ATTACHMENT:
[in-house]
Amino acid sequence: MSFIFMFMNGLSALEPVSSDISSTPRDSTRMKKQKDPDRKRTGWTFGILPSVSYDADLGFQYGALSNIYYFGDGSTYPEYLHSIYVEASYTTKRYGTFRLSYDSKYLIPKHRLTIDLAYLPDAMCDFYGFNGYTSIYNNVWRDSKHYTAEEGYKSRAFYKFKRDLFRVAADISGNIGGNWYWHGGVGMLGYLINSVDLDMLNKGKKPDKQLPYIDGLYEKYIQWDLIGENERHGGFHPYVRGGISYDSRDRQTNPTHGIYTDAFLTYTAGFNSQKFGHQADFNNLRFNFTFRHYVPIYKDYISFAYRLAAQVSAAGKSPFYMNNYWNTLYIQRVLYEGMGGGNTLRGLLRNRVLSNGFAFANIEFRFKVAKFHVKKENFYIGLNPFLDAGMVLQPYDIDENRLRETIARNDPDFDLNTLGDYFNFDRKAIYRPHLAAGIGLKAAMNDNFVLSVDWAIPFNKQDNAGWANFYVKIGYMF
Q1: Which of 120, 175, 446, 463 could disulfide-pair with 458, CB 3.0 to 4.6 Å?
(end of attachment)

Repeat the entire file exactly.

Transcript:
[in-house]
Amino acid sequence: MSFIFMFMNGLSALEPVSSDISSTPRDSTRMKKQKDPDRKRTGWTFGILPSVSYDADLGFQYGALSNIYYFGDGSTYPEYLHSIYVEASYTTKRYGTFRLSYDSKYLIPKHRLTIDLAYLPDAMCDFYGFNGYTSIYNNVWRDSKHYTAEEGYKSRAFYKFKRDLFRVAADISGNIGGNWYWHGGVGMLGYLINSVDLDMLNKGKKPDKQLPYIDGLYEKYIQWDLIGENERHGGFHPYVRGGISYDSRDRQTNPTHGIYTDAFLTYTAGFNSQKFGHQADFNNLRFNFTFRHYVPIYKDYISFAYRLAAQVSAAGKSPFYMNNYWNTLYIQRVLYEGMGGGNTLRGLLRNRVLSNGFAFANIEFRFKVAKFHVKKENFYIGLNPFLDAGMVLQPYDIDENRLRETIARNDPDFDLNTLGDYFNFDRKAIYRPHLAAGIGLKAAMNDNFVLSVDWAIPFNKQDNAGWANFYVKIGYMF
Q1: Which of 120, 175, 446, 463 could disulfide-pair with 458, CB 3.0 to 4.6 Å?